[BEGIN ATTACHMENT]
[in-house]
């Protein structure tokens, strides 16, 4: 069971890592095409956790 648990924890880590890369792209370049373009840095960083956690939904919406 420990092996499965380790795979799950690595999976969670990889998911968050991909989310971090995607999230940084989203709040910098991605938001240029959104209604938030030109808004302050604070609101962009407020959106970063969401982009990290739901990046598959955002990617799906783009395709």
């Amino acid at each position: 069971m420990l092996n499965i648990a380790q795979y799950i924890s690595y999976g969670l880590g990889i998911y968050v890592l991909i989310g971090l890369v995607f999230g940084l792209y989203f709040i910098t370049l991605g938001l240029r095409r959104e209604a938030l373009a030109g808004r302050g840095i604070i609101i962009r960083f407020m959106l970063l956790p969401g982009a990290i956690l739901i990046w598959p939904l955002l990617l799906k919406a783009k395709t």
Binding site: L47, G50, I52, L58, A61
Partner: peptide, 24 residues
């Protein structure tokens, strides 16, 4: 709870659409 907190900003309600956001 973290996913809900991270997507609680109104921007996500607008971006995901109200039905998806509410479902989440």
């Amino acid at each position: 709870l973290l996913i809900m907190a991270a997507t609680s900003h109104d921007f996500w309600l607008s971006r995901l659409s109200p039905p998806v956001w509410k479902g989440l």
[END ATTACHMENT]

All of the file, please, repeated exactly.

[in-house]
């Protein structure tokens, strides 16, 4: 069971890592095409956790 648990924890880590890369792209370049373009840095960083956690939904919406 420990092996499965380790795979799950690595999976969670990889998911968050991909989310971090995607999230940084989203709040910098991605938001240029959104209604938030030109808004302050604070609101962009407020959106970063969401982009990290739901990046598959955002990617799906783009395709």
């Amino acid at each position: 069971m420990l092996n499965i648990a380790q795979y799950i924890s690595y999976g969670l880590g990889i998911y968050v890592l991909i989310g971090l890369v995607f999230g940084l792209y989203f709040i910098t370049l991605g938001l240029r095409r959104e209604a938030l373009a030109g808004r302050g840095i604070i609101i962009r960083f407020m959106l970063l956790p969401g982009a990290i956690l739901i990046w598959p939904l955002l990617l799906k919406a783009k395709t």
Binding site: L47, G50, I52, L58, A61
Partner: peptide, 24 residues
């Protein structure tokens, strides 16, 4: 709870659409 907190900003309600956001 973290996913809900991270997507609680109104921007996500607008971006995901109200039905998806509410479902989440």
């Amino acid at each position: 709870l973290l996913i809900m907190a991270a997507t609680s900003h109104d921007f996500w309600l607008s971006r995901l659409s109200p039905p998806v956001w509410k479902g989440l």